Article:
SCHØYEN COLLECTION SUES UNIVERSITY COLLEGE LONDON FOR RECOVERY OF INCANTATION BOWLS

The Schøyen Collection, the largest private manuscript collection created in the last 100 years, has been forced to commence legal proceedings against University College London ("UCL") to recover 654 Middle Eastern incantation bowls. These form part of the Schøyen Collection’s permanent holdings. Access to the bowls was provided to UCL only for research purposes in the mid-1990s.

In recent months, the Schøyen Collection has become frustrated with the waste of time and money caused by a lengthy and inconclusive inquiry into their provenance. The Schøyen Collection had been willing, initially, to collaborate in a programme of verification of the provenance of the incantation bowls. This line of inquiry, which started as long ago as 2004, had been seen by the Collection as part of a much wider process of bringing the British museums sector into line with global best practice.

However, the Collection began to lose confidence in UCL’s conduct of its inquiries. Although the Schøyen Collection continued to give the University the benefit of the doubt for some time, following a series of unsatisfactory meetings and communications, it has now reluctantly come to the view that legal proceedings are the only way forward.

The Schøyen Collection strongly supports a tough regime for cultural protection. It makes every effort to comply with the law in every jurisdiction in which it operates. It is a private collection and asserts the value and importance of the ethical private collector in preserving the heritage of all mankind.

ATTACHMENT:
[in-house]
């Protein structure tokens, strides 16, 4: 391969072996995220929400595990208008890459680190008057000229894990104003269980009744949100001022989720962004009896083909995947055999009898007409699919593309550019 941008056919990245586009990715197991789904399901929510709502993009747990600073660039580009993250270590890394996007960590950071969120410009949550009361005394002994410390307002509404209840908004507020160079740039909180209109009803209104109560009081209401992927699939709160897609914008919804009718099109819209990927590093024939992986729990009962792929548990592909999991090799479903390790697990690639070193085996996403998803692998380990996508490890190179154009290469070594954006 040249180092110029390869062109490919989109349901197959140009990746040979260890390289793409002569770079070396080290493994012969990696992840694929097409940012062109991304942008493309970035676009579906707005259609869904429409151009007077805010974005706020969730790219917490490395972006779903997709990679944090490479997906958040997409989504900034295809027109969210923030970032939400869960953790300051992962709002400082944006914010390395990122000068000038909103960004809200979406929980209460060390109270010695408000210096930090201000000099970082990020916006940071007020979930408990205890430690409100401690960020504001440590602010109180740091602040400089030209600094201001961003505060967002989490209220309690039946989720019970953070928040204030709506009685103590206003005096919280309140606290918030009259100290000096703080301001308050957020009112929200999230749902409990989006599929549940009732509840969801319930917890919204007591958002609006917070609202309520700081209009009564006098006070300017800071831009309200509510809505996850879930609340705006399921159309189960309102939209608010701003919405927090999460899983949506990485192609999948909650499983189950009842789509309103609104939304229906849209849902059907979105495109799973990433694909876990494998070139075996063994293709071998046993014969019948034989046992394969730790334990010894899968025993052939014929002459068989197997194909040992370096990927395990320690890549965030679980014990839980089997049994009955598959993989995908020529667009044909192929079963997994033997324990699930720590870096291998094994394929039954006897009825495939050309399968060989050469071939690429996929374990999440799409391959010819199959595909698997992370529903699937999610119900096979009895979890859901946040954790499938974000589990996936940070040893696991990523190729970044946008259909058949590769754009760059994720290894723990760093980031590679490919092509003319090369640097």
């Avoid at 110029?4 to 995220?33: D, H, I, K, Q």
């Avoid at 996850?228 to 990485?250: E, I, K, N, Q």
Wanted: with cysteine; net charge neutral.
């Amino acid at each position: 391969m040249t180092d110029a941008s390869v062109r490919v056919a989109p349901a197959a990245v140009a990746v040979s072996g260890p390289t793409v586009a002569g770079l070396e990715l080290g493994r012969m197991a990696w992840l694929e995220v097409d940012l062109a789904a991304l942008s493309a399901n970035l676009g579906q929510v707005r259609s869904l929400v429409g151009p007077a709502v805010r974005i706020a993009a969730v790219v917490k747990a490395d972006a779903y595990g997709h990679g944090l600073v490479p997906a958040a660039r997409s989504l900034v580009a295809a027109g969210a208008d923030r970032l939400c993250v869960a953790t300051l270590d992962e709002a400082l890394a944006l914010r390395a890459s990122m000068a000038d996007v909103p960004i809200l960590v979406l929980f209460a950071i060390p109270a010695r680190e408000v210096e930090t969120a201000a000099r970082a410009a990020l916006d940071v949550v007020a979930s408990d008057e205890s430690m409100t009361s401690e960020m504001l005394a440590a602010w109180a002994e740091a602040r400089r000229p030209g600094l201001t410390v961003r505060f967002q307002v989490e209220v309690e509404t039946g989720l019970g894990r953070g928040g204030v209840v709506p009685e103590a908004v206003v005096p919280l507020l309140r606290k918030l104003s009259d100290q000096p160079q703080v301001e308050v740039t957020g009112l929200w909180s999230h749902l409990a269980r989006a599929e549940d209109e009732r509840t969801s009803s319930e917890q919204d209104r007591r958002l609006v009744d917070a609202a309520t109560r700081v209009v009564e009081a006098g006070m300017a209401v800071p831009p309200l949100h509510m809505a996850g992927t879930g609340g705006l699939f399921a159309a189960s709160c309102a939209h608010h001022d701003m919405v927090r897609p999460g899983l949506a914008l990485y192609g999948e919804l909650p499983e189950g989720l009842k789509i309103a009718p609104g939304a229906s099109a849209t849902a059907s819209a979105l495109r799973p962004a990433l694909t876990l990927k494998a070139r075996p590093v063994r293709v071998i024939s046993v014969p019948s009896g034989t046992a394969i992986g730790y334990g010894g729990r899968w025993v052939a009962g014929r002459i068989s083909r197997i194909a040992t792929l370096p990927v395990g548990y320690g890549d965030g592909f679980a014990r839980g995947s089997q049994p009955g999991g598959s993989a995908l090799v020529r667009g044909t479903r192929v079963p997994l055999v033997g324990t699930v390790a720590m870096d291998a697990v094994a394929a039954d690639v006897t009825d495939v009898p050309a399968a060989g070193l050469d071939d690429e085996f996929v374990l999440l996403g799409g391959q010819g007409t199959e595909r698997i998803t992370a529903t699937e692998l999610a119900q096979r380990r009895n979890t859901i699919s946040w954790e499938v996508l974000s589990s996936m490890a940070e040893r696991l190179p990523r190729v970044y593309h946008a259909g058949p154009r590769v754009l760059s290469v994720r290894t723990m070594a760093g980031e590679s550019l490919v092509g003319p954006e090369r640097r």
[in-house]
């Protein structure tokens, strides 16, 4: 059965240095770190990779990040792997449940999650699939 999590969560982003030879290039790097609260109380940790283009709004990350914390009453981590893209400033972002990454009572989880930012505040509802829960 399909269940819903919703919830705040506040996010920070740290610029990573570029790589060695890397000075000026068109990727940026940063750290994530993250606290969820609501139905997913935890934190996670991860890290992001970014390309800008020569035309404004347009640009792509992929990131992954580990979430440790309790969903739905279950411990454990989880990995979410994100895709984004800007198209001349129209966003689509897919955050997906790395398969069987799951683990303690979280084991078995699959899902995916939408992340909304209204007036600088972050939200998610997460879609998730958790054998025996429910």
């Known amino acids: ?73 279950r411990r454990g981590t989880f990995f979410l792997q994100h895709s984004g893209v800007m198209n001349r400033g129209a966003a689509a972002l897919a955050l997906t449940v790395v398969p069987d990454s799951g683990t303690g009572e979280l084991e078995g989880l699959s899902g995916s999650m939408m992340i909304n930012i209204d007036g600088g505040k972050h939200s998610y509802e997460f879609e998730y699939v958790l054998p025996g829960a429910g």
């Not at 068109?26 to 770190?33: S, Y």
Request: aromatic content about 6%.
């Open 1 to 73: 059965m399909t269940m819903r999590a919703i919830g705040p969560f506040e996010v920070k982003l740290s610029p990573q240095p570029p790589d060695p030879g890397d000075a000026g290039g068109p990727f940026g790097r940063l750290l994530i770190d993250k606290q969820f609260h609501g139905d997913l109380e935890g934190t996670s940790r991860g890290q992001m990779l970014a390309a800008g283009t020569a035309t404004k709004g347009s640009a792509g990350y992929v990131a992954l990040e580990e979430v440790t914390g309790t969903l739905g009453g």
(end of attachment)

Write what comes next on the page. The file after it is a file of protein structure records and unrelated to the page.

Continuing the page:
Note to Editors:

The Schøyen Collection crosses borders and unites cultures, religions and unique materials found nowhere else. The Collection, based in London and Oslo, contains over 20,000 significant manuscripts and other artefacts of major cultural importance and is an important part of the world’s heritage.

There is no public collection that has the Schøyen Collection’s unique array of manuscripts from all the greatest manuscript hoards, including the Dead Sea Scrolls, The Cairo Genizah of Hebrew MSS, The Oxyrhynchus hoard of classical papyri, The Dishna Biblical papyri, The Nag Hammadi Gnostic papyri, the Dunhuang hoard of Buddhist MSS, and many others. Nor is there one with such a variety, geographically, linguistically and textually, and of scripts and writing materials, covering so a great span of time — 5,000 years of history.

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